Failure to communicate is alleged in close to half of all grievances filed. The duty is an affirmative obligation and it not dependent on a client's request for information. It must only be reasonable and failing to advise a client of an adverse development in a case would be a violation. A lawyer must respond to reasonable requests for information.
Proposed new Texas Disciplinary Rule of Professional Conduct:
Rules 1.03(a) A lawyer shall:
(1)promptly inform the client of any decision or circumstance with respect to which the client's informed consent is required by these Rules;
(2) reasonably consult with the client about the means by which the client's objectives are to be accomplished;
(3) keep the client reasonably informed about the status of the matter: and
(4) promptly comply with reasonable request for information.

Fee disputes

Fee disputes constitute a large number of complaints. Those complaints are first referred to the client-attorney assistant program (CAAP) and to the local fee dispute committees of local bar associations. CAAP's stated purpose is to try and work out a settlement so that the case does not proceed to a grievance. Their number is 1-800-204-2222 ext. 1777. If a reasonable settlement can not be obtained, the case is referred by the Chief Disciplinary Counsel's office to be filed as a grievance. Returning a phone call from CAAP at 1-800-204-2222 ext. 1777 could save a trip to the grievance committee.

Rule 1.04 (a)
A lawyer shall not charge or collect an illegal or unconscionable fee. A fee is unconscionable if a competent lawyer could not form a reasonable belief that the fee is reasonable.

Consideration is given to:
1. Time and labor required including difficulty
2. preclude other employment
3. fee charged
4. time limitations imposed by client
5. amount involved and results
6. nature of the relationship with client
7. experience and ability of the lawyer
8. whether fee is fixed or contingent.

A lawyer may not charge a contingent fee in a criminal case. Rule 1.04 (e).

Rule 1.04(c)
When the lawyer has not regularly represented the client, the basis or the rate of the fee shall be communicated to the client, preferably in writing, before or within a reasonable time after commencing the representation. The Rule strongly recommends that a lawyer get a contract and use a contract.
Many lawyers put in their contracts that the fee is a non-refundable retainer fee. The thought is that this would prevent the client for asking for a refund and prevent the client from being able to pursue a grievance if no refund was made.

Cluck v. Commission for Lawyer Discipline, 214 S.W.3d 736 (Tex.App.
App. Austin 2007) made it clear that simply calling a fee non-refundable does not make it so.
Calling the fee a retainer does not change an advance fee into a retainer fee. In that case there was a fee of $15,000.00 that the lawyer then billed against. By billing an hourly rate against the fee collected, the lawyer was demonstrating that in fact it was an advanced fee, not a retainer. Because it was an advance fee for services in the future and it had not been earned at the time of the payment, the fee was required to placed into a trust. Because the lawyer did not place the money into a trust account, the sanction imposed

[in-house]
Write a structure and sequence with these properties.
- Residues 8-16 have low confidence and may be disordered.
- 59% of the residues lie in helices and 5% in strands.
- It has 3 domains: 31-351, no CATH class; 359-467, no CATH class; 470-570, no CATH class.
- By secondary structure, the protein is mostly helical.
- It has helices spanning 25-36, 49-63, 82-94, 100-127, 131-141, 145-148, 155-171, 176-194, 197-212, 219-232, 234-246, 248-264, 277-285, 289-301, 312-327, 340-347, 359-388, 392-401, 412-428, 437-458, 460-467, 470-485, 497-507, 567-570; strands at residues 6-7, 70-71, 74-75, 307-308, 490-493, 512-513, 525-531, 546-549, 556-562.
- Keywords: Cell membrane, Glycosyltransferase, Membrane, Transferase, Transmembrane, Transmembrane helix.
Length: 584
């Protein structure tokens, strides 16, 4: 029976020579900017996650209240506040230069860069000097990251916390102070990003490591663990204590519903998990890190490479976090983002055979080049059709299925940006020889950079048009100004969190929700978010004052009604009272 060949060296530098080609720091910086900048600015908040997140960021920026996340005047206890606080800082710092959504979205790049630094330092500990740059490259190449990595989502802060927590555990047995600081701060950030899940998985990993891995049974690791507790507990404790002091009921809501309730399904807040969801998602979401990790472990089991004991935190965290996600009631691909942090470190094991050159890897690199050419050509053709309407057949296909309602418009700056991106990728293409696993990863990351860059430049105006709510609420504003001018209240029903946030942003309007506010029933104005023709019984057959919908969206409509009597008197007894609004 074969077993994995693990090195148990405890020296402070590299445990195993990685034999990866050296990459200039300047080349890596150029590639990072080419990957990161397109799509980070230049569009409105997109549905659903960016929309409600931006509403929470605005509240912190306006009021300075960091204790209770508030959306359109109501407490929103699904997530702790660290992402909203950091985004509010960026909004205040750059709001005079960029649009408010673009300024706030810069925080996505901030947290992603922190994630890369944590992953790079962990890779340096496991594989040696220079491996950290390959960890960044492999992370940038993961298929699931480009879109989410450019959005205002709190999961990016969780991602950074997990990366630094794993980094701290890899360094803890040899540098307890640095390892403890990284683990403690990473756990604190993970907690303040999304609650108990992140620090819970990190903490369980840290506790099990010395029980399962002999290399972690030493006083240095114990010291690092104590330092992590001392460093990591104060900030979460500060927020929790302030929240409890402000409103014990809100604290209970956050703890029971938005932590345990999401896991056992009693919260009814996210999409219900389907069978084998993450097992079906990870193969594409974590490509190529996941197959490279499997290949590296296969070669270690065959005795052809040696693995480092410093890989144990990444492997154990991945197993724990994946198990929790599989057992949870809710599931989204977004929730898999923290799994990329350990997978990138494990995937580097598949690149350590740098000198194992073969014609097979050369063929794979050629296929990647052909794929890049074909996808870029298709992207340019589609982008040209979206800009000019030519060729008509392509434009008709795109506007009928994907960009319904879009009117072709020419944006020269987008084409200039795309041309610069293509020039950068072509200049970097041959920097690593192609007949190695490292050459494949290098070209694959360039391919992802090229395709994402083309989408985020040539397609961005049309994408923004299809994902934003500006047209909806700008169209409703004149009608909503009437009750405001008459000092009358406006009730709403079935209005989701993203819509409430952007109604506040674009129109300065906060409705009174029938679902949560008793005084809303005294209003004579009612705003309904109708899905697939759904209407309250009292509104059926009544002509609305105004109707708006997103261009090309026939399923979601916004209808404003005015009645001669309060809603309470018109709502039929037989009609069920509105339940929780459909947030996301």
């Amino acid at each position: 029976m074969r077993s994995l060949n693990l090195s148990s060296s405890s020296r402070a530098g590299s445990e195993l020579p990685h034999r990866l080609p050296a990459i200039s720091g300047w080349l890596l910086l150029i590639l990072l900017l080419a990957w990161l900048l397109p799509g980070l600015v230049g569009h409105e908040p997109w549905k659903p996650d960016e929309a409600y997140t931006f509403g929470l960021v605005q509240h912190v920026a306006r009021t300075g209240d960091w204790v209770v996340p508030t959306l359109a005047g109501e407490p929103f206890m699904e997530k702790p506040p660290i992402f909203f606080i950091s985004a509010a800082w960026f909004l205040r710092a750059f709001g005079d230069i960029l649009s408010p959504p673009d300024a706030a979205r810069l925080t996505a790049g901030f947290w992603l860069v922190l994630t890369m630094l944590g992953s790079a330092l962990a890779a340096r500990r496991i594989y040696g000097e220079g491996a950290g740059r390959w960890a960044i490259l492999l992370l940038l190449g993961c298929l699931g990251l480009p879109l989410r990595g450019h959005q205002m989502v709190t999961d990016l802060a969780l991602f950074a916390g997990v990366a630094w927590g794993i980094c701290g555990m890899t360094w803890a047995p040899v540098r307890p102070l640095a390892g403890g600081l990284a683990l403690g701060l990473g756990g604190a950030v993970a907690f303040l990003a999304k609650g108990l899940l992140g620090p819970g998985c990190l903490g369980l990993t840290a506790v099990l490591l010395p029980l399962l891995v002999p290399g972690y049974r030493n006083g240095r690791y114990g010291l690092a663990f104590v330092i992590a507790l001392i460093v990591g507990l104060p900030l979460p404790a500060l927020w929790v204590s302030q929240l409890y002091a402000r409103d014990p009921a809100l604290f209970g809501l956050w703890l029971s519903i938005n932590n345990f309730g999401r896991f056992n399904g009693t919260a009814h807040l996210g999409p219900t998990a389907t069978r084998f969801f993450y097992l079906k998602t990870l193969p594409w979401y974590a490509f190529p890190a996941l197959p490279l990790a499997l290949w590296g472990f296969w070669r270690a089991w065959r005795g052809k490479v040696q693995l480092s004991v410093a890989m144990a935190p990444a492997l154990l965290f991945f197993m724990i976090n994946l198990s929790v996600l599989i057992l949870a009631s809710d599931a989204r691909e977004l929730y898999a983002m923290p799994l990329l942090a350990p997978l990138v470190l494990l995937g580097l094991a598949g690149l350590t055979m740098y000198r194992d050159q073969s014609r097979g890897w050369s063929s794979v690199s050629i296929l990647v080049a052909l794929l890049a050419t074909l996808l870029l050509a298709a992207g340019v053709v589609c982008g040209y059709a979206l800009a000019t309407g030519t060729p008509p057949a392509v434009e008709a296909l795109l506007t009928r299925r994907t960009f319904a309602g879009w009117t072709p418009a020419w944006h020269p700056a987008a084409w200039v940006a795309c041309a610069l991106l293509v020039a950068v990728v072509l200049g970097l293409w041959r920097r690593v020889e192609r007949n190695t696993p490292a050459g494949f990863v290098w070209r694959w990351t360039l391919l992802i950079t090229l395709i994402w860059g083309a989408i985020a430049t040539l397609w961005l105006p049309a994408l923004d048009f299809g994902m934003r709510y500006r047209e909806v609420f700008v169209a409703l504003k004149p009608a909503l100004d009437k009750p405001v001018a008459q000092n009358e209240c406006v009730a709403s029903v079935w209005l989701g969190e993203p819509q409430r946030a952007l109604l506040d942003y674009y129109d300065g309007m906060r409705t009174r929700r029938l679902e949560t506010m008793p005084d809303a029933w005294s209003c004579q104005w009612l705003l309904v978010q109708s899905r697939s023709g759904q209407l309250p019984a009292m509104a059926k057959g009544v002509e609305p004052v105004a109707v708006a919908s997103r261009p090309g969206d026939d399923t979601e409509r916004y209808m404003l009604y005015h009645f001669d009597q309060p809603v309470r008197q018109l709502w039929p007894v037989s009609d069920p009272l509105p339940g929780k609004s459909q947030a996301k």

by the State Bar was appropriate.

Proposed New Rule:
Rule 1.04 Fees
(a) A lawyer shall not enter into an arrangement for, charge, or collect an illegal or clearly excessive fee. A fee is clearly excessive when, after a review of the facts, a reasonable lawyer would be left with a firm belief or conviction that the fee is in excess of a reasonable fee.
(c)The scope of the representation
and the basis or rate of the fee and expenses shall be communicated to the client, preferably in writing,...










Trust Account Violations
Rule 1.14(a):
A lawyer shall hold funds and other property belonging in whole or in part to clients or third persons that are in the lawyer's possession in connection with a representation separate from the lawyer's own property. Such funds shall be kept in a separate account, designated as a trust or escrow account. Complete records of such account funds shall be kept by the lawyer and shall be preserved for a period of five years after termination of the representation.

Proposed New Rule:
Rule 1.145 Safekeeping Property
(c)A lawyer shall deposit unearned fees and advanced expenses into a client trust account, to be withdraw by the lawyer only as fees are earned or expenses incurred.
The proposed rule would add that notification to the client and delivery of the funds would be with reasonable promptness.



Duty upon termination.

Rule 1.15(d)
Upon termination of representation, a lawyer shall take steps to the extent reasonably practicable to protect a clients interest, such as giving reasonable notice to the client, allowing time for employment of other counsel, surrendering papers and property to which the client is entitled and refunding any advance payments of fee that has not been earned. The lawyer may retain papers relating to the client to the extent permitted by other law only if such retention will not prejudice the client in the subject matter of the representation.